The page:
WRITE A FAIRY TALE
ONCE UPON a time, there was a young boy. He had two loving parents and a nice house, and he was happy. But when his mother died suddenly, his whole world turned upside down. His father told him through his grief and tears that he would never marry again. He loved the boy’s mother so much that
Hart paused, his fingers skimming over the keys on his laptop. He didn’t know what he was doing; this was awful. Why did he even try? He looked down at his stubby fingers, the cuticles ripped and the edges of his fingernails ragged where he chewed them. The ring his mother had given him glinted as he wiggled his fingers. It shone in the light that filtered through the dusty window, the blue stone dimly sparkling against the silver of the band. He took it off and set it down next to the disposable camera and the blue silk bow tie that waited for him. He stretched his fingers and tried to type, but his eyes didn’t want to focus. His finger felt bare and itchy as he glanced at the ring on the table. He felt naked without it.
so much that he decided to always remember her as his first and only wife. And he did, for a while. But then
Hart hastily grabbed the ring and held it tightly in his fist as he turned around. His dad strolled up to him, seeming relaxed and excited, but Hart could tell his nerves were getting the better of him. He glanced down at his father’s hands. They were shaking slightly, his muscles betraying his calm exterior.
“Hi, Dad.” Hart turned back to the laptop and quickly saved his document—Fairy Tale 3rd Period English.
His dad sighed. “You almost ready, kiddo?”
“I guess.” Hart closed his laptop and picked up the bow tie before getting up to stand in front of the mirror. He fumbled with it for a moment before his dad put a hand on his shoulder and took over.
“This is going to be a really good thing for us, son.”
Hart didn’t say anything. His father always did this when he was nervous. Hart wished his dad would call him by his name instead of son, kiddo, or champ.
“You know this isn’t just about me, right?” Hart’s father straightened the bow tie and patted his son on the shoulder. “This is about us. We’re a family, bud, and now we’re becoming a bigger family.”
Hart wished that were true. He felt the ring in his fist, warm from the heat of his sweaty hand.
“I promise if you give them a chance,” his father told him, bending down and placing a hand on Hart’s cheek to look him in the eyes, “they will surprise you. We can be happy together.” Hart managed a smile but had no time to say anything in response, as his uncle entered the room at that moment to collect them for the ceremony.
Hart looked down at the ring in his hand as his father headed for the door. He slipped it onto his finger and turned the stone in toward his palm, picked up the disposable camera, and walked after his father.
But then he married a wicked enchantress who had two evil children of her own.
STEVIE SCRUNCHED up her nose in distaste. “Ellis, look at this.” Her brother peered over the top of Hart’s laptop.
“What’s he doing?” Ellis asked, obviously not to Hart.
“I think he’s—” Stevie paused for effect. “—studying.”
“I’m writing,” Hart told them. His small voice was firm and guarded, and he did not look away from the screen as he wrote.
“Harlan, it’s Saturday morning,” Stevie informed him, pushing the laptop down.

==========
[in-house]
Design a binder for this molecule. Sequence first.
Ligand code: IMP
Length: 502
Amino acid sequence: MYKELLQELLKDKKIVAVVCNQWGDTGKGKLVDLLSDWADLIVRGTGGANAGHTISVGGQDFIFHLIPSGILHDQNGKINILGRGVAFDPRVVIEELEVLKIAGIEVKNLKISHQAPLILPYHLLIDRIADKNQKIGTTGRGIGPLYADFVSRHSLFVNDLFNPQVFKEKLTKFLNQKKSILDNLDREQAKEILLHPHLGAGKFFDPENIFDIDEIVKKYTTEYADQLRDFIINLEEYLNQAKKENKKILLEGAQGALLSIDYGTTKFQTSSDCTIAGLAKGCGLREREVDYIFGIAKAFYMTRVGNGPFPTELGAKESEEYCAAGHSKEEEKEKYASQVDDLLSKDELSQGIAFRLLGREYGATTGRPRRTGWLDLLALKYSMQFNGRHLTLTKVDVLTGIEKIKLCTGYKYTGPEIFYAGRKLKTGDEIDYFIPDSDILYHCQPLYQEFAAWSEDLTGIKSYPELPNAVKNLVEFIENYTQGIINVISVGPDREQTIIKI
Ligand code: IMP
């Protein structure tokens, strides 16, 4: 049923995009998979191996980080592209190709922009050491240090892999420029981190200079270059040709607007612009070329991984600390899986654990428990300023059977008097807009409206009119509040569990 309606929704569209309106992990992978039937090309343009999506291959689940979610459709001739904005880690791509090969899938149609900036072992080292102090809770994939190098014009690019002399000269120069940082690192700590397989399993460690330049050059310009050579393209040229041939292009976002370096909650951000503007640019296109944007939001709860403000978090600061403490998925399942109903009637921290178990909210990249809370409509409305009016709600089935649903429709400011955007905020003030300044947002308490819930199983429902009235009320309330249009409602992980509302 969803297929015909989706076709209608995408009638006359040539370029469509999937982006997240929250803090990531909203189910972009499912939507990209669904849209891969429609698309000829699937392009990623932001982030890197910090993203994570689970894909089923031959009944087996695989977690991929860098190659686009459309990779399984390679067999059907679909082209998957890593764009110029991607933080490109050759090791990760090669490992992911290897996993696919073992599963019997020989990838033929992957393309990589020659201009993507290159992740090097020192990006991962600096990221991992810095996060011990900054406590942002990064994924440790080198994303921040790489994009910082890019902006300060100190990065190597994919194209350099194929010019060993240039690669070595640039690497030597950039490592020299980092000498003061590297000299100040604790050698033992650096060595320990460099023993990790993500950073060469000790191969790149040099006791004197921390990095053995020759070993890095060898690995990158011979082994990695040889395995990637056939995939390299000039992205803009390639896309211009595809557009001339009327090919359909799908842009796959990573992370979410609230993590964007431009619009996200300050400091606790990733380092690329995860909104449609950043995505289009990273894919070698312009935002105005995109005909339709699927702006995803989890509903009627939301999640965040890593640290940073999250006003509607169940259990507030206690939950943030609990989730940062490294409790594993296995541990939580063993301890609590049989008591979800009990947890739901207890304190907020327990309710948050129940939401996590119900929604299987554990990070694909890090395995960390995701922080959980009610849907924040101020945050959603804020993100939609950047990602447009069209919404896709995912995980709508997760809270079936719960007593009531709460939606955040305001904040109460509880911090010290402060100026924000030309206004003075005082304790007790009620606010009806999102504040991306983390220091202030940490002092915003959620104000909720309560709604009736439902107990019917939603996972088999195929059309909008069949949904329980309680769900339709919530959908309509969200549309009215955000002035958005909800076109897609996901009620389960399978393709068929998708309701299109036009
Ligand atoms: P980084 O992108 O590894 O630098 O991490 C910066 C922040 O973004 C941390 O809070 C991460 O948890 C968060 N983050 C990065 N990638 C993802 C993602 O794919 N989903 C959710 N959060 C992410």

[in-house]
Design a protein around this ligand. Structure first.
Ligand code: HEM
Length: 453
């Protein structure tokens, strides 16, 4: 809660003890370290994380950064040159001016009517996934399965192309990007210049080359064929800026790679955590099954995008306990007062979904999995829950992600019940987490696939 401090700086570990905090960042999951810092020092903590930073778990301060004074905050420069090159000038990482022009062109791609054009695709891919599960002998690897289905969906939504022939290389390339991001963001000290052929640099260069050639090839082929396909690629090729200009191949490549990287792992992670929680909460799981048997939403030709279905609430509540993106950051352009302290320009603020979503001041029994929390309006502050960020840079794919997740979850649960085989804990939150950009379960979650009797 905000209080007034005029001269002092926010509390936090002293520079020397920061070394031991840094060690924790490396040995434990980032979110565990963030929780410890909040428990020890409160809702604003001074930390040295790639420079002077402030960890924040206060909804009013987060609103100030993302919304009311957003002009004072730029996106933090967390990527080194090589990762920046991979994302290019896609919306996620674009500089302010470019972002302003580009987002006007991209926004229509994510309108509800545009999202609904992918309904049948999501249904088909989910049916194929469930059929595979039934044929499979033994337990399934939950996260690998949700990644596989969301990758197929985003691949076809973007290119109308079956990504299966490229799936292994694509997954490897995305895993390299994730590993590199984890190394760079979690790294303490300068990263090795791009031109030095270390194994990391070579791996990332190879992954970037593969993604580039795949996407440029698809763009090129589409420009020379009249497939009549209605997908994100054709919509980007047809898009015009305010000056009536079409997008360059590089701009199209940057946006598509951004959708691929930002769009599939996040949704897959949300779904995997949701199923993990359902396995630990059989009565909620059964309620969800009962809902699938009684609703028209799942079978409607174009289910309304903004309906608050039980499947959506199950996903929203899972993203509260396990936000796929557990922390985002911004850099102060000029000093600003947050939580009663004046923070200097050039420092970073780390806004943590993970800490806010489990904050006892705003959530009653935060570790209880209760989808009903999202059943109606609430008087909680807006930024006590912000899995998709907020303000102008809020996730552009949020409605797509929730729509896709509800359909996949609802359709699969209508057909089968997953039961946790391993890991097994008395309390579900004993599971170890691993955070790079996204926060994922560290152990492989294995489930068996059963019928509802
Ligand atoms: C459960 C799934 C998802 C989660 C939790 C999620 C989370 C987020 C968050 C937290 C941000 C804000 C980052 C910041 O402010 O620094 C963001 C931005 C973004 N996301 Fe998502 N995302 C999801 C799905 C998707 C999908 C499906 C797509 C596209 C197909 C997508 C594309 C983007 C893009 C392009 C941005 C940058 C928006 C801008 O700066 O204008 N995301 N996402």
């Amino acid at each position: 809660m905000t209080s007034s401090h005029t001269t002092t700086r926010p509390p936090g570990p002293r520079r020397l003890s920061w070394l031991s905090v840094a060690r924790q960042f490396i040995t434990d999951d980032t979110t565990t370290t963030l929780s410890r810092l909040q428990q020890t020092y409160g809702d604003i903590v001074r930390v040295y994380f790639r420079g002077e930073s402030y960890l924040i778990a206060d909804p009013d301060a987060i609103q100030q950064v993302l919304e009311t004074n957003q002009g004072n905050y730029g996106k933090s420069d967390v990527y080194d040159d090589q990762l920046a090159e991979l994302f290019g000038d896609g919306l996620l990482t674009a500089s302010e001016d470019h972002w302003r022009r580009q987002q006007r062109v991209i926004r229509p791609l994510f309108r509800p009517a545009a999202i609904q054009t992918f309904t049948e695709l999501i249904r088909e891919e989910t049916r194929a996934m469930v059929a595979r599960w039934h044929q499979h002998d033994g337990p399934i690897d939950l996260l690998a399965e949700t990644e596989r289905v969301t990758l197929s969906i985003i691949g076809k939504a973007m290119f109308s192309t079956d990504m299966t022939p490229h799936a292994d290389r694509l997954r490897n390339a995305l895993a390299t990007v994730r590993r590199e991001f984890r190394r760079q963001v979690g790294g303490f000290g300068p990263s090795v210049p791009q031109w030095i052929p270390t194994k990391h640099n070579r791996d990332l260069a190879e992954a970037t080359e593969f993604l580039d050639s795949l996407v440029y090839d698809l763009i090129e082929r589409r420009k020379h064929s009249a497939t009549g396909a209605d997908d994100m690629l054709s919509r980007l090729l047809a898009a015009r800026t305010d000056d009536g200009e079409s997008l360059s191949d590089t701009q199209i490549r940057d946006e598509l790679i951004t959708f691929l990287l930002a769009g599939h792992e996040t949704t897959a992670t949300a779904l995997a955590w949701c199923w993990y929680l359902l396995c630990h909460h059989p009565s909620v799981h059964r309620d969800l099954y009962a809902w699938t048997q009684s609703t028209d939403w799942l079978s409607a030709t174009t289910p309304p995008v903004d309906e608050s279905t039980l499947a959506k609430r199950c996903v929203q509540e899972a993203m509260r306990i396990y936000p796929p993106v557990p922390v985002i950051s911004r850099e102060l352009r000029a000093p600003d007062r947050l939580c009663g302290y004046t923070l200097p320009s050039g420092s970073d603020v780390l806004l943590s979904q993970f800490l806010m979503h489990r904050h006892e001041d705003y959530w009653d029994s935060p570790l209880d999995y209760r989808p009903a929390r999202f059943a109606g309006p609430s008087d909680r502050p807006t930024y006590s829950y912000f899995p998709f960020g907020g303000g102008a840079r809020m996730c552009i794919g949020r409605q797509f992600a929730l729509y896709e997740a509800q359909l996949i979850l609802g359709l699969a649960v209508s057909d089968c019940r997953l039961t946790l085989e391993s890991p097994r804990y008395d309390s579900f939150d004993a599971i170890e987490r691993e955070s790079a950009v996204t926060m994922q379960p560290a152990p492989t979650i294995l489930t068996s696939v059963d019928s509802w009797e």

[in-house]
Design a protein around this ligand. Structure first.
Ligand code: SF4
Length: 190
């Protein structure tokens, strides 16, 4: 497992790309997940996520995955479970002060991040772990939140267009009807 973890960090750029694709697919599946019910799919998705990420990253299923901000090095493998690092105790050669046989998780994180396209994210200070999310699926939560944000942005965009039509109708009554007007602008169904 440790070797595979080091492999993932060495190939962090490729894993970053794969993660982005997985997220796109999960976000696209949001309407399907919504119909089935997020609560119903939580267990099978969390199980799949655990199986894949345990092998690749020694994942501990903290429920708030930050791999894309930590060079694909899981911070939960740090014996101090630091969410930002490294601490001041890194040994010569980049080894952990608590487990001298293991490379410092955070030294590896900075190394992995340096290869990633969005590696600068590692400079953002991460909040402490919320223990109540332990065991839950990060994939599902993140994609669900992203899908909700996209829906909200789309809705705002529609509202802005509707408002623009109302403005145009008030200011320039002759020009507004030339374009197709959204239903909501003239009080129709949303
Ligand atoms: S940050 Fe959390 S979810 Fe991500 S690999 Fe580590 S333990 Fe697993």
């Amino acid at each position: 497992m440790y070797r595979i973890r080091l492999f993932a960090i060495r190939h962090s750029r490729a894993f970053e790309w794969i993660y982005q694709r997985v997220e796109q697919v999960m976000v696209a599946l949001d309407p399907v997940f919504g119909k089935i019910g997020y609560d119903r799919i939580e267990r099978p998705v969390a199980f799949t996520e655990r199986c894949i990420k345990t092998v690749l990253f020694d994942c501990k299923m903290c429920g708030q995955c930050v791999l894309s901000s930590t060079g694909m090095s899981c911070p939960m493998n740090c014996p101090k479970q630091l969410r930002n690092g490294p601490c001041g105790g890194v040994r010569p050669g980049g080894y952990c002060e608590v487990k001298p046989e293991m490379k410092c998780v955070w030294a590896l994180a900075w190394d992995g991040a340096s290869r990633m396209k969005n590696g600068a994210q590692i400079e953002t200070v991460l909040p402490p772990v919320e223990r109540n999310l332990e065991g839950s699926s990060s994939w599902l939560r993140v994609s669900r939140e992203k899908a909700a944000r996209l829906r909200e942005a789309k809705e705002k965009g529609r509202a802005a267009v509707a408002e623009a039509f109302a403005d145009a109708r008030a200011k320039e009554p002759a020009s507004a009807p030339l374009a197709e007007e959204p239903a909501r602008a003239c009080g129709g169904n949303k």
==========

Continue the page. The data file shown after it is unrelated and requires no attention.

“Hart,” he corrected her. His mother had always called him Hart. Nobody called him Harlan except his snobbish grandfather.
“Are you writing for school?” Ellis asked, looking at him with a mixture of interest and doubt.
“Yes,” Hart responded. Stevie made a small “hmph” noise of surprise and sat back down on the couch. Ellis continued to stare at Hart while he tried to work.
The twins were proud and rude, and they made the boy’s life miserable. They taunted him and teased him, not as friends but as bullies. Not long after their families united, the boy began to feel trodden down.
It had been one thing after another since their family had moved in with Hart and his dad a few months before the wedding. Now that their parents were actually married, they had gone on their honeymoon, leaving the kids with the twins’ aunt. Ellis’s favorite pastime was taking Hart to the soccer field and forcing him to stand in the goal while Ellis kicked the ball directly at his head, threatening to tell his aunt Hart had stolen something if he didn’t. Stevie preferred to make Hart clean her room for her or she would tell her aunt that he’d peeped on her while she was changing. Hart knew that for as long as the honeymoon lasted, the twins would have nothing to stop them from being generally horrible to him.
The twins’ aunt was not very attentive and spent most of her time in the garden, which belonged to Hart’s new stepmother. Hart knew if any trouble arose, he would be at a huge disadvantage, as the aunt would believe her niece and nephew over him.
“Hey,” Ellis said one day, “do you want this jacket? It would look really good on you.”
Hart was confused. “Um, sure? Thanks.” Ellis tossed it at him, and Hart began to hope things would change between them. Maybe they could be friends once their parents got back. He put the jacket on his desk chair and left to go help Stevie with her homework.
When he returned to his room, the twins’ aunt was standing in the doorway with her hands on her hips.
“Harlan,” she said in a stern voice, which was hard to take seriously because of the gardening gloves she was wearing. They were patterned with peacocks that vaguely matched her hairstyle, the back sticking up like feathers. She held up the jacket Ellis had given him in one gloved hand.
“Did you take this from Ellis?” she inquired. Ellis, he realized, was standing behind her with a smirk on his face. She turned to him, and his face instantly became a mask of woe. “He says you stole it from his room.”
“I didn’t,” Hart said, his suspicions about Ellis confirmed. His heart sank as he looked up at the frowning woman. “He gave it to me.”